[David Spark] Yes. She’s never held the title, but her wisdom is kind of endless.

[Geoff Belknap] Her wisdom is truly endless, and her willingness to engage on all sorts of problems is amazing. We should all try to be more like Wendy. Wendy, you’re welcome. You can Venmo me the 20 bucks.

[David Spark] That only cost 20 bucks?


[Geoff Belknap] I don’t know, 20 bitcoin. I’m out of touch.

[David Spark] 20 bitcoin is a lot more.

[Geoff Belknap] That would be better. Yeah, Wendy, if it could be 20 bitcoin that would be great. My point I’m trying to make that turned into a Wendy stan is as long as somebody is trying to help, everybody needs a little bit of help. And if you’re an organization that needs a little bit of help, try a vCISO. Maybe that’s the way you need to go. I think even more so, certainly I’ve talked to lots of orgs that are trying to hire a full time CISO. And more and more, I’ve been like, “Maybe you should try a virtual CISO or hire somebody who’s a fractional CISO.” And you as an organization can also learn about what does that CISO provide, what are you learning from them, where are you deriving your value. And maybe you need to shift how you think about hiring a CISO based on your experiences there instead of starting with a full time deeply experienced CISO. I think a lot of places and a lot of businesses could derive value from learning in a little more here.

[David Spark] I’m thinking… I’m going to have you close this out, Steve, in that especially for the organizations who are probably going to hire their first CISO or bring in their first security leader that for both cost and just basic understanding of what they’ve got, starting with a vCISO, which is really an advisor to some levels here, is probably a great starting point. Yes?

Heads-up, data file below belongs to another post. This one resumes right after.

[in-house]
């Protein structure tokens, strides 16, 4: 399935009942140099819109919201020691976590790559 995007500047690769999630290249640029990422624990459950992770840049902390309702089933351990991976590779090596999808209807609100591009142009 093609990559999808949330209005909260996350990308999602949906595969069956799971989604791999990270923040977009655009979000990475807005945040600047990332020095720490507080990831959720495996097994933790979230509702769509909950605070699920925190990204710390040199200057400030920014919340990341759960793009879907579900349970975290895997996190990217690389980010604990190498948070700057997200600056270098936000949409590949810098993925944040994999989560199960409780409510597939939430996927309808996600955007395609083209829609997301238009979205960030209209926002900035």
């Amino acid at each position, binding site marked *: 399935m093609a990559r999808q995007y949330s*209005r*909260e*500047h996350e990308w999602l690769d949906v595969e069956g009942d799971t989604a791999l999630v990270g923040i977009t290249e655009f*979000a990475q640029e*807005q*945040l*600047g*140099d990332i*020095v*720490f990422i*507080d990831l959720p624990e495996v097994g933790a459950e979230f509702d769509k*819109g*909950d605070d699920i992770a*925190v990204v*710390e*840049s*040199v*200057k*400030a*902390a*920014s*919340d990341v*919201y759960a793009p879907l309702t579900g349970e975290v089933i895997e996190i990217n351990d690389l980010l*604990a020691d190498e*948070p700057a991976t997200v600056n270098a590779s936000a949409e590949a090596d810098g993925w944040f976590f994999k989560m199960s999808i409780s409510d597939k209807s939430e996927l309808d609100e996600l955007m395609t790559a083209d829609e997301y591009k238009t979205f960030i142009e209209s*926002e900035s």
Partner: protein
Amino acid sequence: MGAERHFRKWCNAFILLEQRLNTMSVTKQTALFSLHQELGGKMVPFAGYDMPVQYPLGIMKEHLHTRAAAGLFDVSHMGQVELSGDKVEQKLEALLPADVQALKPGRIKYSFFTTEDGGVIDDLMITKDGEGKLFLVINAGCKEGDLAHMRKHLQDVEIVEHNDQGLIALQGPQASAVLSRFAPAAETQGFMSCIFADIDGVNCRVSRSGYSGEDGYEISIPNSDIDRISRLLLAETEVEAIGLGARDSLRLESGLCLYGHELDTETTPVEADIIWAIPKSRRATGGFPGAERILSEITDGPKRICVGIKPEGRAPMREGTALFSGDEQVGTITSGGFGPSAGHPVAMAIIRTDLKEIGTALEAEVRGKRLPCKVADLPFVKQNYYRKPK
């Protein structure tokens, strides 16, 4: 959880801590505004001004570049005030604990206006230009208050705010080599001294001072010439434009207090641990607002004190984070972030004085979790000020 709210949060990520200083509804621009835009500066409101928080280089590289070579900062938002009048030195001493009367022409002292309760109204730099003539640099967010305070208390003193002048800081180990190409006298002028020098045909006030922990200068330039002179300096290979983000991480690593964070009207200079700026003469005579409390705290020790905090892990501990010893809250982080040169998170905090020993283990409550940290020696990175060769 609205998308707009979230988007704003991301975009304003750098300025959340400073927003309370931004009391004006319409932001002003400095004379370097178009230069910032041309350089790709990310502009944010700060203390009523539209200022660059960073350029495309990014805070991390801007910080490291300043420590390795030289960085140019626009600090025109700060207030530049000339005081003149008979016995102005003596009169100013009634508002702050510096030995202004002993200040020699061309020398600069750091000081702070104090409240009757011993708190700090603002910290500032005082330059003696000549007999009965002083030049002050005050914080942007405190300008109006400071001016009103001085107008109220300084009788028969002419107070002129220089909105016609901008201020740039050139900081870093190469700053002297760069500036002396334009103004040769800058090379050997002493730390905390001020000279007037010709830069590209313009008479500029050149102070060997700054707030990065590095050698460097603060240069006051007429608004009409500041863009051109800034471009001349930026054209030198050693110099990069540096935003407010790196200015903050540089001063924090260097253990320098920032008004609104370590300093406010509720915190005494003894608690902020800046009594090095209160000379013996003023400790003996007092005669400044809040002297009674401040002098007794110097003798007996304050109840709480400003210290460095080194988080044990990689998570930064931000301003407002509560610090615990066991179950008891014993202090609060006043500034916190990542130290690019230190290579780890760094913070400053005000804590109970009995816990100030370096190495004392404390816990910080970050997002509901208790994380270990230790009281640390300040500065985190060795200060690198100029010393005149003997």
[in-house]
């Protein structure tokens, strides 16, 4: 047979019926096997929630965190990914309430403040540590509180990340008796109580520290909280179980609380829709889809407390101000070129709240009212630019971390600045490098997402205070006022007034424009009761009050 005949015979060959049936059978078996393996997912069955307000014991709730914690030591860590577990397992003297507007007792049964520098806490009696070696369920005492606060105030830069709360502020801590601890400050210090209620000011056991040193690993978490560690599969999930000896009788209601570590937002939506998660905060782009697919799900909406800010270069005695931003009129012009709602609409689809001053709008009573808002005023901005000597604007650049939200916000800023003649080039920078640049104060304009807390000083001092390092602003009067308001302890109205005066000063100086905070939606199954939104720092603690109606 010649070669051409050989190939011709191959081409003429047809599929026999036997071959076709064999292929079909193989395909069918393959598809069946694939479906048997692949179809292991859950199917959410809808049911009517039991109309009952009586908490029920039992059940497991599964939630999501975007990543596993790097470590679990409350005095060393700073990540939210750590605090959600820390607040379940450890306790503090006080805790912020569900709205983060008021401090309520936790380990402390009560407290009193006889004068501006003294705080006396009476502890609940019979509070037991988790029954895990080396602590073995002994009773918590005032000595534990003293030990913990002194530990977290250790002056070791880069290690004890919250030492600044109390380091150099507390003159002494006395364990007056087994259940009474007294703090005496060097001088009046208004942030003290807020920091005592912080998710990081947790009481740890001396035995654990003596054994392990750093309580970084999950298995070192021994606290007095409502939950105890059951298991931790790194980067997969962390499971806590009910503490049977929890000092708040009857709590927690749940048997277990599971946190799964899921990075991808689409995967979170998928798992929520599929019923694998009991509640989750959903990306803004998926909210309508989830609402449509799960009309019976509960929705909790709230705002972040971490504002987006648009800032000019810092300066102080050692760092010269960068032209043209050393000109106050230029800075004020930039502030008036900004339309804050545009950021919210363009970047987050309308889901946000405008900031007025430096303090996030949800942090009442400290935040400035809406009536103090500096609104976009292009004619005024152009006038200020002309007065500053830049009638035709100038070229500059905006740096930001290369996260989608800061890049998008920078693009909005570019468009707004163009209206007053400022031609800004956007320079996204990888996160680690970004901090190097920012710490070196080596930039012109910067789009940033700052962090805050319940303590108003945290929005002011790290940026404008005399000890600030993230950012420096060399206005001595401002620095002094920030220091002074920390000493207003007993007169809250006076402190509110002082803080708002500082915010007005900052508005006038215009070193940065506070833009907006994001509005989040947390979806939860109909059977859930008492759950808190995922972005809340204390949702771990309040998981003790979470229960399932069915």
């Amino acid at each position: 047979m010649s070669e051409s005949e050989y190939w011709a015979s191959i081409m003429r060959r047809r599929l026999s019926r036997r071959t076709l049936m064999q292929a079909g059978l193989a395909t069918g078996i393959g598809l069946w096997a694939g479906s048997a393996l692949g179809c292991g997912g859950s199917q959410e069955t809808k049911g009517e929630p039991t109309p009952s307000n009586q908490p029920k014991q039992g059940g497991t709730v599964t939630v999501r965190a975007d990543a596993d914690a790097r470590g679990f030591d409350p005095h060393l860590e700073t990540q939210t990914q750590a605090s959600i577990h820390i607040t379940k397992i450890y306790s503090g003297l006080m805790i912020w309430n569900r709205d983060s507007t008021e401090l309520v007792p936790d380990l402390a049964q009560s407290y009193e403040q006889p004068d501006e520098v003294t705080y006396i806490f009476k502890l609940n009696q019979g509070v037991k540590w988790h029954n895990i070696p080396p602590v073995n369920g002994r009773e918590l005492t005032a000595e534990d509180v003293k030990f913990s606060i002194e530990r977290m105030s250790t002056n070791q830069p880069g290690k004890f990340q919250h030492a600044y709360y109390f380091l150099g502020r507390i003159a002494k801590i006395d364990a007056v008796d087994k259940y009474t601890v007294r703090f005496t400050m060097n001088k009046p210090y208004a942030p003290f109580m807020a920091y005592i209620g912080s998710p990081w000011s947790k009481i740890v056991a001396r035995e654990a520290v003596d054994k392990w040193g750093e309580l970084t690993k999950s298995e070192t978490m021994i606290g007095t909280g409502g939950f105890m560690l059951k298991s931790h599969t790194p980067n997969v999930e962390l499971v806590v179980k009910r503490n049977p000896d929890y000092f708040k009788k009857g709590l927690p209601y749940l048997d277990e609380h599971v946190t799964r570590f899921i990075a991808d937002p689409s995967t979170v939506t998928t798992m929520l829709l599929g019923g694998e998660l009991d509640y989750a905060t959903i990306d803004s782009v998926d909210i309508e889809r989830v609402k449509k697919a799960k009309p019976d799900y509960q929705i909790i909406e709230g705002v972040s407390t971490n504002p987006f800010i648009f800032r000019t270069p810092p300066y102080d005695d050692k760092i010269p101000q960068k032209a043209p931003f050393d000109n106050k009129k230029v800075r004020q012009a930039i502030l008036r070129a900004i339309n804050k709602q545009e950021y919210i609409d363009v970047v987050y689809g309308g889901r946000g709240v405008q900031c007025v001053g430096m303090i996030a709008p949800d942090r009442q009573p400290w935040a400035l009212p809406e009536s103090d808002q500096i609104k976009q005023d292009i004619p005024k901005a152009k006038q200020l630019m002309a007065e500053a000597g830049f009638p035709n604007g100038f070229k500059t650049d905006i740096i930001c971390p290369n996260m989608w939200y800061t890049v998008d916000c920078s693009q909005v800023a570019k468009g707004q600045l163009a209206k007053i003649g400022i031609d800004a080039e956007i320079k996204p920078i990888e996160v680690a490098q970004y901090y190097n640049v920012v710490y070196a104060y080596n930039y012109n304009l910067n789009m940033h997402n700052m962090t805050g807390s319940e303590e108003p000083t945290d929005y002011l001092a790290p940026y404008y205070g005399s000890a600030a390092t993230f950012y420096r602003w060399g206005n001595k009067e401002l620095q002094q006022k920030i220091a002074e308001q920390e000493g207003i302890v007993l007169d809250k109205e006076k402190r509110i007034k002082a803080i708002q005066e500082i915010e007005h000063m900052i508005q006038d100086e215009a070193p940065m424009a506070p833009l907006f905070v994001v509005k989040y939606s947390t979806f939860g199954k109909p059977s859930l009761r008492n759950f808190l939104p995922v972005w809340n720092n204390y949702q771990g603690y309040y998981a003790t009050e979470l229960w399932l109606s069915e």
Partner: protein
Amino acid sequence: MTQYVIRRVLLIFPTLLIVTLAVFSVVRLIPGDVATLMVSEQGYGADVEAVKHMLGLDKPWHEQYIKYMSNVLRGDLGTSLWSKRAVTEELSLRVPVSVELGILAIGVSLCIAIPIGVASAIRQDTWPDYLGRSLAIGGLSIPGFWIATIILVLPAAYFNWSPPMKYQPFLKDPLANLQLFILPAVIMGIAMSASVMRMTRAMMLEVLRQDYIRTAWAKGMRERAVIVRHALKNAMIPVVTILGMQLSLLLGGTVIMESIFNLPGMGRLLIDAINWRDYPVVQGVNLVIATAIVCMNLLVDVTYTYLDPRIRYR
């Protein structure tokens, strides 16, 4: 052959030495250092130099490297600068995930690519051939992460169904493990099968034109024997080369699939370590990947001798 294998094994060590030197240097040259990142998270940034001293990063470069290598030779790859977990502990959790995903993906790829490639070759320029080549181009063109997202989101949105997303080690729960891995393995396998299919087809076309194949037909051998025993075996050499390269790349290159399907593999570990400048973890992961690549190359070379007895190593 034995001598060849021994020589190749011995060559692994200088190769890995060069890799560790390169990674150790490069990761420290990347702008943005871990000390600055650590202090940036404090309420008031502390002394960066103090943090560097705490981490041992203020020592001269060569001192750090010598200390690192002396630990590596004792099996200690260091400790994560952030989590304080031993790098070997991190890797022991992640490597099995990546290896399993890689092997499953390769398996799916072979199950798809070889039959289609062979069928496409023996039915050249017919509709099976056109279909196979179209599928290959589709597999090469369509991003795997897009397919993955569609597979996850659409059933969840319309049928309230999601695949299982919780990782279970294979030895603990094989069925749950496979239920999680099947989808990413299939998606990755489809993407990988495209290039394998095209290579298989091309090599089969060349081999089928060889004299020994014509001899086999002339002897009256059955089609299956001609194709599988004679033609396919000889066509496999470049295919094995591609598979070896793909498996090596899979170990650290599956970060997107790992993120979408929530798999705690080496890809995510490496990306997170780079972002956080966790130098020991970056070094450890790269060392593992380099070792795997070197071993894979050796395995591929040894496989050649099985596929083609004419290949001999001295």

[Steve Tran] I agree. I’ve seen so many different CISO job descriptions out there. Some of them, it’s quite evident that the organization doesn’t quite know what they’re looking for, so why start there? If you have an opportunity to engage with a vCISO to help you define what that full time role should look like for your organization. So, that way when they go through that hiring pipeline that they know exactly what they’re looking for. It’s a great thing for the candidates, too, because they’re not going to get frustrated going through the pipeline, realizing that the organization doesn’t even know what they’re looking for and what they need.

[David Spark] That’s a really good point you make there. It is okay to say to a vCISO, “We don’t know what the heck we want.” It’s not okay to say to a CISO you’re going to hire full time, “We don’t know what we want.” Is that a good way of putting it? Yes?

[Steve Tran] Exactly. Well said.

[Geoff Belknap] Yeah, I think I would go slightly different. I think you are running a huge risk if you hire a CISO and you can’t articulate what you want them to do, what you want them to focus on.